Why the McDonald’s Logo Uses the Colors Yellow and Red

If you thought the McDonald’s logo was an abstract rendering of two massive, bendy French fries dipped into a pool of sweet, tangy ketchup, it's not a bad guess—but the logo colors actually have specific psychological reasons behind them, according to Reader’s Digest.

The website explains that the color red is stimulating and associated with activity. Indeed, some studies show that seeing the color red encourages us to take action more quickly and more forcefully than other colors do. In one study, Science Daily reports, students were instructed to read aloud their participant number, which was written in either red or gray crayon, and then pinch and hold open a metal clasp. A second group of participants had to squeeze a handgrip as hard as possible when the word squeeze appeared on the screen against a red, blue, or gray background. In both experiments, participants pinched or squeezed with more force when the color red was involved, and students in the handgrip experiment even had faster reaction times when squeeze was on a red background. In other words, you might be more inclined to veer off onto an unexpected exit for an impulse Big Mac when you see the red McDonald’s logo on the highway.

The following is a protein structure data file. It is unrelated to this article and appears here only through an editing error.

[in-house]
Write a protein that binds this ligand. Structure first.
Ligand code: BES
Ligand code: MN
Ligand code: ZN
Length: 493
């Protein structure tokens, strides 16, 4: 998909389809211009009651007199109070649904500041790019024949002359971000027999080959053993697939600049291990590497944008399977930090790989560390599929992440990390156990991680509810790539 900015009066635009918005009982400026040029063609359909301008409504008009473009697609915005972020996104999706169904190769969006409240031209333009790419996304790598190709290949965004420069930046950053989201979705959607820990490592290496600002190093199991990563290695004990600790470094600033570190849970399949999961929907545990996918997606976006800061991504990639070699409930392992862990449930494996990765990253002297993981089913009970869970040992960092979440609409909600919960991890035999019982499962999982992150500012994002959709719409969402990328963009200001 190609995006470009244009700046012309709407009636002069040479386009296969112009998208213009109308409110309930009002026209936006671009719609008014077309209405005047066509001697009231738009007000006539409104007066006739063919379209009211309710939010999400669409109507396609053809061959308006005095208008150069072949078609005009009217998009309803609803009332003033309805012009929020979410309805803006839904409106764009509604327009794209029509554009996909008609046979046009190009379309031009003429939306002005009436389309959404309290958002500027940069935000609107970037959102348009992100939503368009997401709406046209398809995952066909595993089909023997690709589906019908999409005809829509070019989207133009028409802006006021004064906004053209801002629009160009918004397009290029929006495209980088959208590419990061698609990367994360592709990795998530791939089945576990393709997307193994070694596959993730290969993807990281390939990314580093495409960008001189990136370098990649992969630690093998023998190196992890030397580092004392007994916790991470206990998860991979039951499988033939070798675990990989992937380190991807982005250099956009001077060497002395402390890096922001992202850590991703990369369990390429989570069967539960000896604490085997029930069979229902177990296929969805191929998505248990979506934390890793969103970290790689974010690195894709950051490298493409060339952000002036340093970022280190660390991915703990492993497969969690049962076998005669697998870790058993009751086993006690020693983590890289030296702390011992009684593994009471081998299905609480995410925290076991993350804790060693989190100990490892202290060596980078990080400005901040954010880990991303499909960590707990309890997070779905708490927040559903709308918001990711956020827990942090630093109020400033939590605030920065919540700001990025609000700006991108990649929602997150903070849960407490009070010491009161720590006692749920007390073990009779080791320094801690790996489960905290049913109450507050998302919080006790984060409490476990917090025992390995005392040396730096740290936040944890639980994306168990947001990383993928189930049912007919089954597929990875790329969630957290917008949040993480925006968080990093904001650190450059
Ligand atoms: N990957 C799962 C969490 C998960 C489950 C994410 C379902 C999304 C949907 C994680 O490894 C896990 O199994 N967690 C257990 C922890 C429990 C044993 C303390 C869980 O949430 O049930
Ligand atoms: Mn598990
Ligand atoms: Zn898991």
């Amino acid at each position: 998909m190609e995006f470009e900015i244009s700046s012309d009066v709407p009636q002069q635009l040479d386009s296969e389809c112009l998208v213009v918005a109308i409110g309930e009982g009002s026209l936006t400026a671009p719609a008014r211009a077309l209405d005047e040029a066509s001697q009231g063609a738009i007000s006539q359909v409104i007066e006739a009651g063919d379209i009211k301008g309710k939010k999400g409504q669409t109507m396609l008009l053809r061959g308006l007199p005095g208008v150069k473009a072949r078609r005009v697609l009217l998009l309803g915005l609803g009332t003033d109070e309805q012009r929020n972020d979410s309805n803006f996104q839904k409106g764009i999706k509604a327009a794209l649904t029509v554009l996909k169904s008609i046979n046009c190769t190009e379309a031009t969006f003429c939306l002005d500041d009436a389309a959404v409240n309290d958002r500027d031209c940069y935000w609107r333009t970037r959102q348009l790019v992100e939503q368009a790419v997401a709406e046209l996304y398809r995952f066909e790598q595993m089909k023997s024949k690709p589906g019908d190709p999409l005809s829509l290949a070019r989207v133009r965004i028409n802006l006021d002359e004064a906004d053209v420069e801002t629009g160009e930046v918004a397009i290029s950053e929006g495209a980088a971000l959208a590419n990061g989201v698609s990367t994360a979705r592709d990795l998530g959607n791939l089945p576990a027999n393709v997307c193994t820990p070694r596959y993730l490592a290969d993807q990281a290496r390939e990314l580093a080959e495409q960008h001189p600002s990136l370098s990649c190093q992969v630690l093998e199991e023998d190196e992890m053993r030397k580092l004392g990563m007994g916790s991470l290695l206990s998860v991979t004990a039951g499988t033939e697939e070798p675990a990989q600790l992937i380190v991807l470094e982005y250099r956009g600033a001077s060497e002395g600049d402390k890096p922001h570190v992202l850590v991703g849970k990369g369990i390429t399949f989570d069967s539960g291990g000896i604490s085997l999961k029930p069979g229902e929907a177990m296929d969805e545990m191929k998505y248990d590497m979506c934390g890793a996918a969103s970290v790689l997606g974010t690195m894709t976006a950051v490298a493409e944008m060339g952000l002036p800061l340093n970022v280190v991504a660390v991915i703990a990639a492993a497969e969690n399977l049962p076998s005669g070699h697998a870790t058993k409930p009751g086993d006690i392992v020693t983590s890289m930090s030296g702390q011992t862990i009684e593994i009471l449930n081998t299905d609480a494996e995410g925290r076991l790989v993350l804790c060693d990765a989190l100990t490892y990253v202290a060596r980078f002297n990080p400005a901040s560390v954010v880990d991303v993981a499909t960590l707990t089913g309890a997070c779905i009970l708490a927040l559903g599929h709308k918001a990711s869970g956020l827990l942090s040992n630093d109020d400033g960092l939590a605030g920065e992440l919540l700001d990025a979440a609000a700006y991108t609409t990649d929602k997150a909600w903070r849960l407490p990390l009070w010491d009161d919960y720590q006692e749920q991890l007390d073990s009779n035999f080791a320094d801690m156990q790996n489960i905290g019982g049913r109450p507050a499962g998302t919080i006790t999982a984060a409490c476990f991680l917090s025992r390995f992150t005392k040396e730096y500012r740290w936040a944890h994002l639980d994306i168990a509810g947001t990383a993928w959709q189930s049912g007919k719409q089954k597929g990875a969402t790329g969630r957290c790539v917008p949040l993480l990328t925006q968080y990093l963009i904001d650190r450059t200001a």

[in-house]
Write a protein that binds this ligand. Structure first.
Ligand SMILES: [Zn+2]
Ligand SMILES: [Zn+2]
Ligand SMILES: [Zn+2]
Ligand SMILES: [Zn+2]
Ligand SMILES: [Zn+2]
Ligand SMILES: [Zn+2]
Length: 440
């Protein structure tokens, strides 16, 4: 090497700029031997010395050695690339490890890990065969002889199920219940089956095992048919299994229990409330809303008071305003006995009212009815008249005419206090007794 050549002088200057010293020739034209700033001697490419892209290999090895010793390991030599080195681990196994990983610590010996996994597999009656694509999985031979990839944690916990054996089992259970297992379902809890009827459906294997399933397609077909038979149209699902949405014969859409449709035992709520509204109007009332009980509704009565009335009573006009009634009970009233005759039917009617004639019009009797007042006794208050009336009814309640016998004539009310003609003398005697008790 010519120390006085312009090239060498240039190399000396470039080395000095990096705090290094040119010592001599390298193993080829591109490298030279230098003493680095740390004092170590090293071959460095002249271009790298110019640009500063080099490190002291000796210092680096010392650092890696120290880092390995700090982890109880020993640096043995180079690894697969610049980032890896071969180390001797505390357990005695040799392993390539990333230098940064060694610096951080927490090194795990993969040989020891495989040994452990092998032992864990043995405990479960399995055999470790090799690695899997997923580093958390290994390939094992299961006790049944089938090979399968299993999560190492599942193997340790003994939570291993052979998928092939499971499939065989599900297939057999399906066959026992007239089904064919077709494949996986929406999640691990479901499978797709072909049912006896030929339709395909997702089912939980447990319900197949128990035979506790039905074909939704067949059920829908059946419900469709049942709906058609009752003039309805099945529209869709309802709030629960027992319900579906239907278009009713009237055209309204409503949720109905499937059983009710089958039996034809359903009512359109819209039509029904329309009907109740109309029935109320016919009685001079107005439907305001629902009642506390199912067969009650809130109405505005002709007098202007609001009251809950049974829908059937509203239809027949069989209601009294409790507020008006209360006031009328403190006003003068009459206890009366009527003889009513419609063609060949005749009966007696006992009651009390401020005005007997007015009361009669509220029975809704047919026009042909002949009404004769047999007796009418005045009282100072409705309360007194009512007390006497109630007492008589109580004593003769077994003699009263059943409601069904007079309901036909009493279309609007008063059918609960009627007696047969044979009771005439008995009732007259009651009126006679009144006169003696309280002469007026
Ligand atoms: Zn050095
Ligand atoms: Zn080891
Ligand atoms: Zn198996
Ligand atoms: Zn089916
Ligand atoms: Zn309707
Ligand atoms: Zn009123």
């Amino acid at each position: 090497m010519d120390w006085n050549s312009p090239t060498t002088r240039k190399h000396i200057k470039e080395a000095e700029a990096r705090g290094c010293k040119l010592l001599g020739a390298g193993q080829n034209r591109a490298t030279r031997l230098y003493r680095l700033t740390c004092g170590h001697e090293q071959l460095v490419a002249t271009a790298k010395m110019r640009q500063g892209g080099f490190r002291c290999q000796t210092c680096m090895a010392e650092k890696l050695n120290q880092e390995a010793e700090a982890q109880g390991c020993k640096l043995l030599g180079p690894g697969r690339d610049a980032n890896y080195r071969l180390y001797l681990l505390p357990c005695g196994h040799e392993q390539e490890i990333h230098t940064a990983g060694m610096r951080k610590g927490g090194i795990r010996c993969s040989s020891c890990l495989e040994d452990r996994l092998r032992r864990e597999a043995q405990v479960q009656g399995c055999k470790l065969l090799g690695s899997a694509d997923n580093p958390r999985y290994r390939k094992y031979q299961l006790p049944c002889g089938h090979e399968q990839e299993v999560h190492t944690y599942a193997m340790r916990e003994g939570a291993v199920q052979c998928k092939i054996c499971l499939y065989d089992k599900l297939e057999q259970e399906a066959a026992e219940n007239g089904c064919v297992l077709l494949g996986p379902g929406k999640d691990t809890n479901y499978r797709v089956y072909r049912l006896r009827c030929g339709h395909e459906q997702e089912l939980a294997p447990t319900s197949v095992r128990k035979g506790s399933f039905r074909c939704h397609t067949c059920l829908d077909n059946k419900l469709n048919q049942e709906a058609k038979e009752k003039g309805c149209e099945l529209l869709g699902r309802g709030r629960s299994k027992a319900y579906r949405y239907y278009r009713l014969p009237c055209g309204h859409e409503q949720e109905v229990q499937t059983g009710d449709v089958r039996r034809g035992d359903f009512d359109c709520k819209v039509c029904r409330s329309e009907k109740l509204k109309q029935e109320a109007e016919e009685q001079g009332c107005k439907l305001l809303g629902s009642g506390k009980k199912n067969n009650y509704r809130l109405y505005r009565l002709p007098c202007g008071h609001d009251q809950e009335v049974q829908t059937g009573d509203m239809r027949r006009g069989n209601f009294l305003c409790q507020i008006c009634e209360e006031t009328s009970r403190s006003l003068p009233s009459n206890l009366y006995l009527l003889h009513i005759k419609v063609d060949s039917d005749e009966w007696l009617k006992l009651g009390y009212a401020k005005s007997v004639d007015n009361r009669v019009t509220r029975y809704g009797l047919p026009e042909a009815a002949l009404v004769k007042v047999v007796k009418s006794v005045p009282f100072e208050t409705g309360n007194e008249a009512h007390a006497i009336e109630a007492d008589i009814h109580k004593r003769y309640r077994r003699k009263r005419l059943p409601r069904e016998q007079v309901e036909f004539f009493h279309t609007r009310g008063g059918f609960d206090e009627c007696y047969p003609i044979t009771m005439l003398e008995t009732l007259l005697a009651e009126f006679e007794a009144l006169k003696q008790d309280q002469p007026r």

We associate yellow, on the other hand, with happiness, according to Reader's Digest. It’s also reportedly the most visible color in daylight, which helps it show up against other less psychologically optimized fast food road signs. Since your brain processes color before words or shapes, it’s already sending you signals to indulge in greasy goodness upon seeing the McDonald’s logo before you can even register any other information.

McDonald’s has been willing to compromise on its classic color scheme in the past. In 2009, the burger chain made a major push in Europe to replace its red background with a green one, hoping people would perceive it as a more environmentally friendly corporation. That particular public relations venture never made it to this side of the pond, however.

[h/t Reader’s Digest]

The Reason Why Baking Makes You Feel Good, According to Psychologists

Liderina/iStock via Getty Images
Liderina/iStock via Getty Images

Whether you're nibbling a slice of zucchini bread or an extra-chewy chocolate chip cookie, it’s always fun to be the taste tester for a friend or relative who loves to bake. And, while eating products created with love (and sugar) probably makes you feel good, the baker is reaping some psychological benefits, too.

Studies have shown that creative activities like baking and knitting contribute to an overall sense of well-being. Boston University associate professor of psychological and brain sciences Donna Pincus told HuffPost that there’s “a stress relief that people get from having some kind of an outlet and a way to express themselves.”